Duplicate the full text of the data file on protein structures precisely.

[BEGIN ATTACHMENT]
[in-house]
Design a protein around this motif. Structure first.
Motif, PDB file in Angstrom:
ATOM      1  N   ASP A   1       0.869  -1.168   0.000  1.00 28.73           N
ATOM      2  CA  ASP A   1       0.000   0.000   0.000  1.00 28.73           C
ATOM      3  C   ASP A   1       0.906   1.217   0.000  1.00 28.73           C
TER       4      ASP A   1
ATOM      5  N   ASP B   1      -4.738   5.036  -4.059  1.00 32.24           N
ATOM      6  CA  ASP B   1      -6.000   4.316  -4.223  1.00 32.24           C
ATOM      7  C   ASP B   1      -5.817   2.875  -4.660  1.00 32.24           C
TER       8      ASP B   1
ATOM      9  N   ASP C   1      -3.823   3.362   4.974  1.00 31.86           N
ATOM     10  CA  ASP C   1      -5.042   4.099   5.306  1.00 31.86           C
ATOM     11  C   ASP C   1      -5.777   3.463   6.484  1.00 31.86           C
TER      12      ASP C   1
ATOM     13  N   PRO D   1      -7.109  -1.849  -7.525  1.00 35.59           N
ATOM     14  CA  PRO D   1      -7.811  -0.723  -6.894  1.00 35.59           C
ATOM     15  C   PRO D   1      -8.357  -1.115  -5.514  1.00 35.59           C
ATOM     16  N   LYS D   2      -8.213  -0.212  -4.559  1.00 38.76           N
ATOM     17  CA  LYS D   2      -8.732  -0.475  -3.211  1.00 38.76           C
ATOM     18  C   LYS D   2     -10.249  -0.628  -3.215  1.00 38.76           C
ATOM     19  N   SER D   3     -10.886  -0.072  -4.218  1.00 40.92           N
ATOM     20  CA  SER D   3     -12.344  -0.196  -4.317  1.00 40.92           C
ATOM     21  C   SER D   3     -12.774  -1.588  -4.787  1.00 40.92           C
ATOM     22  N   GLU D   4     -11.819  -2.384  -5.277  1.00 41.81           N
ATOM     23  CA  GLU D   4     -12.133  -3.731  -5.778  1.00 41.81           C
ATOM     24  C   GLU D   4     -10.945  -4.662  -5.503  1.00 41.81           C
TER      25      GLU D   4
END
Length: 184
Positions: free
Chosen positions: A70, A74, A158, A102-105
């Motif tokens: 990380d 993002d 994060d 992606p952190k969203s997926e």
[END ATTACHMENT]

[in-house]
Design a protein around this motif. Structure first.
Motif, PDB file in Angstrom:
ATOM      1  N   ASP A   1       0.869  -1.168   0.000  1.00 28.73           N
ATOM      2  CA  ASP A   1       0.000   0.000   0.000  1.00 28.73           C
ATOM      3  C   ASP A   1       0.906   1.217   0.000  1.00 28.73           C
TER       4      ASP A   1
ATOM      5  N   ASP B   1      -4.738   5.036  -4.059  1.00 32.24           N
ATOM      6  CA  ASP B   1      -6.000   4.316  -4.223  1.00 32.24           C
ATOM      7  C   ASP B   1      -5.817   2.875  -4.660  1.00 32.24           C
TER       8      ASP B   1
ATOM      9  N   ASP C   1      -3.823   3.362   4.974  1.00 31.86           N
ATOM     10  CA  ASP C   1      -5.042   4.099   5.306  1.00 31.86           C
ATOM     11  C   ASP C   1      -5.777   3.463   6.484  1.00 31.86           C
TER      12      ASP C   1
ATOM     13  N   PRO D   1      -7.109  -1.849  -7.525  1.00 35.59           N
ATOM     14  CA  PRO D   1      -7.811  -0.723  -6.894  1.00 35.59           C
ATOM     15  C   PRO D   1      -8.357  -1.115  -5.514  1.00 35.59           C
ATOM     16  N   LYS D   2      -8.213  -0.212  -4.559  1.00 38.76           N
ATOM     17  CA  LYS D   2      -8.732  -0.475  -3.211  1.00 38.76           C
ATOM     18  C   LYS D   2     -10.249  -0.628  -3.215  1.00 38.76           C
ATOM     19  N   SER D   3     -10.886  -0.072  -4.218  1.00 40.92           N
ATOM     20  CA  SER D   3     -12.344  -0.196  -4.317  1.00 40.92           C
ATOM     21  C   SER D   3     -12.774  -1.588  -4.787  1.00 40.92           C
ATOM     22  N   GLU D   4     -11.819  -2.384  -5.277  1.00 41.81           N
ATOM     23  CA  GLU D   4     -12.133  -3.731  -5.778  1.00 41.81           C
ATOM     24  C   GLU D   4     -10.945  -4.662  -5.503  1.00 41.81           C
TER      25      GLU D   4
END
Length: 184
Positions: free
Chosen positions: A70, A74, A158, A102-105
């Motif tokens: 990380d 993002d 994060d 992606p952190k969203s997926e």